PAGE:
MU study shows there may be a way to prevent Osteoporosis in men
COLUMBIA — A study by an MU researcher shows men may be able to prevent osteoporosis depending on the way they exercise.
Pamela Hinton, an associate professor at MU, found that weight-bearing and various jumping exercises decrease production of a protein that can cause osteoporosis.
The study followed men ages 25-60 who already showed had low-bone masses. Half of the group performed resistance training while the others performed jumping exercises.
“We saw a decrease in the level of sclerostin in both of these exercise interventions in men,” Hinton said. “When sclerostin is expressed at high levels, it has a negative impact on bone formation. In both resistance and jump training, the level of sclerostin in the bone goes down, which triggers bone formation.”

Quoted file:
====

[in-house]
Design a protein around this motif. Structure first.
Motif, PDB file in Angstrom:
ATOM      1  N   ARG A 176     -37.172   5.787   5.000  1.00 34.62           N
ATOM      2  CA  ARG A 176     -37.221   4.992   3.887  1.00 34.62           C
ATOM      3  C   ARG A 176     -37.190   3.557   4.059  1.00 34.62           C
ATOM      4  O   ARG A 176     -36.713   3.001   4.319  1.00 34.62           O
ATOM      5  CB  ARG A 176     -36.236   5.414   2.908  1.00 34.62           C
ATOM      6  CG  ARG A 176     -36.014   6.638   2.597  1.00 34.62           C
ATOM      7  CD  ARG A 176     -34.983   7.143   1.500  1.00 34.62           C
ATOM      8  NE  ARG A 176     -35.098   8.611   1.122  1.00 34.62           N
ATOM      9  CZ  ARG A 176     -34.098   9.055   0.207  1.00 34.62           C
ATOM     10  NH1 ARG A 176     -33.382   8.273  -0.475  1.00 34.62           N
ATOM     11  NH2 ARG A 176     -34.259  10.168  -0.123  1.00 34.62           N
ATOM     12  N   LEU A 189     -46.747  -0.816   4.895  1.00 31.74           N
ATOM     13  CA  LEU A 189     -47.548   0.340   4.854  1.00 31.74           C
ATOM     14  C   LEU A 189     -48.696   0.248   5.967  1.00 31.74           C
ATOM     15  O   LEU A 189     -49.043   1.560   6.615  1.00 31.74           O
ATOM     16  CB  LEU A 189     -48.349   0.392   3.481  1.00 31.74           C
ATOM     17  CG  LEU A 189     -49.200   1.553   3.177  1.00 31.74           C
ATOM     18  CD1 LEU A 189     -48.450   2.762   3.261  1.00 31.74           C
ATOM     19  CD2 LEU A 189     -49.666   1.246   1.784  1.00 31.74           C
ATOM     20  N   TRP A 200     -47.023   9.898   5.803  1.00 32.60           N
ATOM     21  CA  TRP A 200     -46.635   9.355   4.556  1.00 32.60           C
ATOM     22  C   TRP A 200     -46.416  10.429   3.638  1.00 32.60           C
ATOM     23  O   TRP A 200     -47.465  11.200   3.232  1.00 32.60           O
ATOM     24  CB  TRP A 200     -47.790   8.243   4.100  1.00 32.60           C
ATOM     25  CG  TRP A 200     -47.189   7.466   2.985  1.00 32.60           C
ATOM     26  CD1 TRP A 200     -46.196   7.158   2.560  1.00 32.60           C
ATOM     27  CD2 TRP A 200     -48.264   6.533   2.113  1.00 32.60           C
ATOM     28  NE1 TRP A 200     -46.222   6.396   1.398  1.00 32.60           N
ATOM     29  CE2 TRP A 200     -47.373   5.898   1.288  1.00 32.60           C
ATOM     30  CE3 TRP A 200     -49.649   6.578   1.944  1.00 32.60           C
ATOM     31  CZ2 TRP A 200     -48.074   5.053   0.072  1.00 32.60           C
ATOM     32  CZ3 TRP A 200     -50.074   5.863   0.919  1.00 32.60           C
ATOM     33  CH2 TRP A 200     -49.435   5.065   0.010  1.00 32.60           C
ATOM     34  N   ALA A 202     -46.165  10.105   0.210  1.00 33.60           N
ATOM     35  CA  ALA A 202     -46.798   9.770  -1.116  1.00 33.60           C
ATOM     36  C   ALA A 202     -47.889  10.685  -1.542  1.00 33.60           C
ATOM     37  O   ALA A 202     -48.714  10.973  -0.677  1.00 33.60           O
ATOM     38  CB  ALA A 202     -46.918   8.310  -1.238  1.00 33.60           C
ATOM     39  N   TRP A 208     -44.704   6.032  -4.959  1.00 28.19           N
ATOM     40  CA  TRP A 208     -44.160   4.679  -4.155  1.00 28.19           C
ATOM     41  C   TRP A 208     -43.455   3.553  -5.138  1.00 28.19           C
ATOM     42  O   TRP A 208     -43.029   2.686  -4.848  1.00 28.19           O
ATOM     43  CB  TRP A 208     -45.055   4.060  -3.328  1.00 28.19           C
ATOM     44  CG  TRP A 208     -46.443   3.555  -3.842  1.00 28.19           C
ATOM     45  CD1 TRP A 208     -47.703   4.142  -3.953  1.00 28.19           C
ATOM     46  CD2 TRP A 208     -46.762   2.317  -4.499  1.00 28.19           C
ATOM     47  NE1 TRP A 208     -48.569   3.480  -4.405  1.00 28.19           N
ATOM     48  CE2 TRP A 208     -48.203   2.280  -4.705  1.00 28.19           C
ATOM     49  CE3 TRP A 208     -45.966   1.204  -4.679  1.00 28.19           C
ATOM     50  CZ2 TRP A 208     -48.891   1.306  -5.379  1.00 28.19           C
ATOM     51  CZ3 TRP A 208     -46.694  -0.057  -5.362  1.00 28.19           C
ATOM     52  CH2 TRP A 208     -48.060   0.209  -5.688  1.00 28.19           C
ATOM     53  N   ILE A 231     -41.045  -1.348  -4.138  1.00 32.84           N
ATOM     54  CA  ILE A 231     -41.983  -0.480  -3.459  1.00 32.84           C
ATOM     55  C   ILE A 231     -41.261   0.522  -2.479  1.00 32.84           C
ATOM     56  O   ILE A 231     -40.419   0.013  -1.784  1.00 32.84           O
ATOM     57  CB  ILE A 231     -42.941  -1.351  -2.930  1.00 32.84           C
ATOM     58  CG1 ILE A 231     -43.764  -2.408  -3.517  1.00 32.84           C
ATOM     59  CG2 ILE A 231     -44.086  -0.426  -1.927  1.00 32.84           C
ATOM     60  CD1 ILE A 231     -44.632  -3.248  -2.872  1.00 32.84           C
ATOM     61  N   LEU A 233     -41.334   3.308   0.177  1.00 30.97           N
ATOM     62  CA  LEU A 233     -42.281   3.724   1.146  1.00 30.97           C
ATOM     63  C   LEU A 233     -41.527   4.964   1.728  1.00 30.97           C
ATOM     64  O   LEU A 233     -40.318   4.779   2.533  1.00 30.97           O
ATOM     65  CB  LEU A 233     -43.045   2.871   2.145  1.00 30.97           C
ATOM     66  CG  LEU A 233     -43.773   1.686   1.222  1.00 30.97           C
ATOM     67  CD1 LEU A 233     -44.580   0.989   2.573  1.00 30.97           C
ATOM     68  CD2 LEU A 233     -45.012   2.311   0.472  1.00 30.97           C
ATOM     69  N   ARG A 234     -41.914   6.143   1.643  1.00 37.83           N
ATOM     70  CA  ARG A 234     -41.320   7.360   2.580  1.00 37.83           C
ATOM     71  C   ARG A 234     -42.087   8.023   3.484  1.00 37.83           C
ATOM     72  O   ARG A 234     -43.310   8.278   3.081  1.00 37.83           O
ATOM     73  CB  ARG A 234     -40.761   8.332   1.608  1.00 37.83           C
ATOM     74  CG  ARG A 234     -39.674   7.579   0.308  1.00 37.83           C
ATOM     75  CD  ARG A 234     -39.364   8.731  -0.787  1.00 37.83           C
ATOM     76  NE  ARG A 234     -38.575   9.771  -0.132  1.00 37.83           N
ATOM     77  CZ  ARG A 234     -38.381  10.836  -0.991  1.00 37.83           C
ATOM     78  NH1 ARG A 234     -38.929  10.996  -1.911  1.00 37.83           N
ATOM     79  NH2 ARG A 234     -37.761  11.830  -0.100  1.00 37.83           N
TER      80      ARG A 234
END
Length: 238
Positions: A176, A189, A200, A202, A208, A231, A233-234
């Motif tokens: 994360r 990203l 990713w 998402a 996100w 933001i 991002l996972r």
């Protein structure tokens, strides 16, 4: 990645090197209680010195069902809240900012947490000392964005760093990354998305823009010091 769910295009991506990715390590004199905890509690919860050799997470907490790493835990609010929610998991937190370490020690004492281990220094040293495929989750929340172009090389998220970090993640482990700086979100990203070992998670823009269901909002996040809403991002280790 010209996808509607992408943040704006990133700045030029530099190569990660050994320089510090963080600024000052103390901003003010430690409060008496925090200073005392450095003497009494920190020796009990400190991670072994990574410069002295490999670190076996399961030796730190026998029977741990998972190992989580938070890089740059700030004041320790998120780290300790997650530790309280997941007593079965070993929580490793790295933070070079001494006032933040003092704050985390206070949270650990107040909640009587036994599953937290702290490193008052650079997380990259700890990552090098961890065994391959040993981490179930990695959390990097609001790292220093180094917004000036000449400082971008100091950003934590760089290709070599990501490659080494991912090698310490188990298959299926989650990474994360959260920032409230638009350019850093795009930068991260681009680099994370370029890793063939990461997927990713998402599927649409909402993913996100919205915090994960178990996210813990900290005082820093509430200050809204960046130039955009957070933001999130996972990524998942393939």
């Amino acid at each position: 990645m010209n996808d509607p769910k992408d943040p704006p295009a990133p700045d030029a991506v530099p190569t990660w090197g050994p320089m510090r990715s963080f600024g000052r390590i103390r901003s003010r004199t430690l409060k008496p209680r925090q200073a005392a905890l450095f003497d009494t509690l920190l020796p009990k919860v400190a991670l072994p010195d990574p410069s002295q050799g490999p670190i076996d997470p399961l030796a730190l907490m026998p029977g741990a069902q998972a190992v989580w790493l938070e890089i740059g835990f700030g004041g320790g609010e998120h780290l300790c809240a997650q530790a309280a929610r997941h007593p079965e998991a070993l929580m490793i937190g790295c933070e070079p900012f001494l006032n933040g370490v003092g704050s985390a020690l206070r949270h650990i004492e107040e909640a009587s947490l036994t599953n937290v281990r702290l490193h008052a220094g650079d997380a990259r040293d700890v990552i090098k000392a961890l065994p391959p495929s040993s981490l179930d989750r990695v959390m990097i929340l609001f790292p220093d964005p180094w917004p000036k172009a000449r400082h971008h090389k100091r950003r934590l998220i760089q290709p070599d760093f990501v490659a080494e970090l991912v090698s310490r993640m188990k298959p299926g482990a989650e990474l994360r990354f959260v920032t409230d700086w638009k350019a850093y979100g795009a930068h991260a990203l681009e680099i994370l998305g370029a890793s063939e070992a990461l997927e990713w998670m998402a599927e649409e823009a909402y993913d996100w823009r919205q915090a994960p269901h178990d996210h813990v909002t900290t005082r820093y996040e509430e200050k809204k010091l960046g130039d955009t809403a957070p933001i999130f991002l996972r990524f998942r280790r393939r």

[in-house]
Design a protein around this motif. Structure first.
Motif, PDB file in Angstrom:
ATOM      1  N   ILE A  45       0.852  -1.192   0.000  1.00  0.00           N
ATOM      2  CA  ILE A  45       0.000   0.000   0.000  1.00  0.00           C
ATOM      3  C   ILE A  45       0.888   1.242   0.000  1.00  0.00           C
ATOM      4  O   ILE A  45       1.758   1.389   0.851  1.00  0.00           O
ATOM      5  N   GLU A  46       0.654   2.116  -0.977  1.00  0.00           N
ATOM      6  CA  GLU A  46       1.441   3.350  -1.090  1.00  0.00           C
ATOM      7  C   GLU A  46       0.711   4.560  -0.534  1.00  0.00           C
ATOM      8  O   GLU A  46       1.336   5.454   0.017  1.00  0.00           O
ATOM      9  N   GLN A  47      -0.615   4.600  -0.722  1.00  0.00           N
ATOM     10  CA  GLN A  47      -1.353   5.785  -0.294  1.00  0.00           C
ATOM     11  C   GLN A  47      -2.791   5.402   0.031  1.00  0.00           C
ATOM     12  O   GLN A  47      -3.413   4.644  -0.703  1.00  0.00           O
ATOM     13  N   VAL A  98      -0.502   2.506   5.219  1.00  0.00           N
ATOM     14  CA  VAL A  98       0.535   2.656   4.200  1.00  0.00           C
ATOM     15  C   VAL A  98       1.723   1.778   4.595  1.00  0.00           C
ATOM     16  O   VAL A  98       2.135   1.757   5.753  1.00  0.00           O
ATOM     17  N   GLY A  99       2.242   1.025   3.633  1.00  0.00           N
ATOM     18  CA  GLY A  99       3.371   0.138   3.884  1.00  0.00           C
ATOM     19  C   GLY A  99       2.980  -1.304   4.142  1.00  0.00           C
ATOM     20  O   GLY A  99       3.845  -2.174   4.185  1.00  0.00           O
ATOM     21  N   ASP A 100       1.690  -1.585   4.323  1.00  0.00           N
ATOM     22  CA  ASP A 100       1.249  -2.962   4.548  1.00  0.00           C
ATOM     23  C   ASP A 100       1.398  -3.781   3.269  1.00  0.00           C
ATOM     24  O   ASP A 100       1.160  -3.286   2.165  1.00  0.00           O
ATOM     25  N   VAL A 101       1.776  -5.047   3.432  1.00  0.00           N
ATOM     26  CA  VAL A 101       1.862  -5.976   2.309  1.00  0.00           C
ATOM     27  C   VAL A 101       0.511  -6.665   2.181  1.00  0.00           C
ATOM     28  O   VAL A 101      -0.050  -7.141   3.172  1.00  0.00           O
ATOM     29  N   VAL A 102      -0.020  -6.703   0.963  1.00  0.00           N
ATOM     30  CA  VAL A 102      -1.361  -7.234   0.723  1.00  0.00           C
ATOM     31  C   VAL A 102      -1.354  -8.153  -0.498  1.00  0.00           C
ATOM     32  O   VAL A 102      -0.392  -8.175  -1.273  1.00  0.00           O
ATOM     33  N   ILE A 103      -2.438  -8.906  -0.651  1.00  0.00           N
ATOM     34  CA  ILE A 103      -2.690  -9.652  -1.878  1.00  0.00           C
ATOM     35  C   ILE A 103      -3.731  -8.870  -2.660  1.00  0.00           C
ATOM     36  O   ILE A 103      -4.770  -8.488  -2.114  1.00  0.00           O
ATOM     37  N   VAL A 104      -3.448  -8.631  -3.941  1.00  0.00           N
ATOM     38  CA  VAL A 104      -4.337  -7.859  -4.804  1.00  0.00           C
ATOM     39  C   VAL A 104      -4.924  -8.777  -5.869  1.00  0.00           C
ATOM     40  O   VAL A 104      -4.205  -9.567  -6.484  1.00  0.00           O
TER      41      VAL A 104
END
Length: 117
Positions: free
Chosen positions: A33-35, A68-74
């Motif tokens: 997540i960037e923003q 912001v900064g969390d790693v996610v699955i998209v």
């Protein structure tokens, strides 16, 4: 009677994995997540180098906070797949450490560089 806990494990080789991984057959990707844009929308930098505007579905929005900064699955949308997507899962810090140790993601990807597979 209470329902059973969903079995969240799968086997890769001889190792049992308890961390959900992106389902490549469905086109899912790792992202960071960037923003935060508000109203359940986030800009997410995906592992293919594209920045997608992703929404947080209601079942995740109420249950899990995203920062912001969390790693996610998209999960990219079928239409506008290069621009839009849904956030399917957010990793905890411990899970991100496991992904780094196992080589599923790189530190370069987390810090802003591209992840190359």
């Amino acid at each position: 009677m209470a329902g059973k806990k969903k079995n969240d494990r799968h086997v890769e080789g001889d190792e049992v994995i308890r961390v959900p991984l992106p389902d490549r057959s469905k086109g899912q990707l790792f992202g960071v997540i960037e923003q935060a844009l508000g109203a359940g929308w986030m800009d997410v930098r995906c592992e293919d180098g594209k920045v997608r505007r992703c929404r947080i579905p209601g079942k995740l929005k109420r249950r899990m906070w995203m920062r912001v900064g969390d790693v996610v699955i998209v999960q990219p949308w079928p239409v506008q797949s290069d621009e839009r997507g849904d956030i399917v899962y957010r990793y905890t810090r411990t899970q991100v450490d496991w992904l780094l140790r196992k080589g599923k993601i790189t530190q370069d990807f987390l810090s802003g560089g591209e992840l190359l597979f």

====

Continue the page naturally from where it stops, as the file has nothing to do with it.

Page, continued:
Hinton says while you should still exercise to improve overall health with exercises such as cardio cycling and swimming but you should also exercise to target bone health.
According to the National Osteoporosis Foundation osteoporosis affects over 200 million people worldwide and Hinton says 2 million of them are men.
"The consequences of fracture in men are worse than for women," Hinton said, "So it is a serious health public health problem for men."
Hinton said that although osteoporosis may not show up until later in life men can prevent it early by completing the right exercises and being knowledgeable about osteoporosis.
"Getting to share our research with the public is a really good way to spread the word." Hinton said.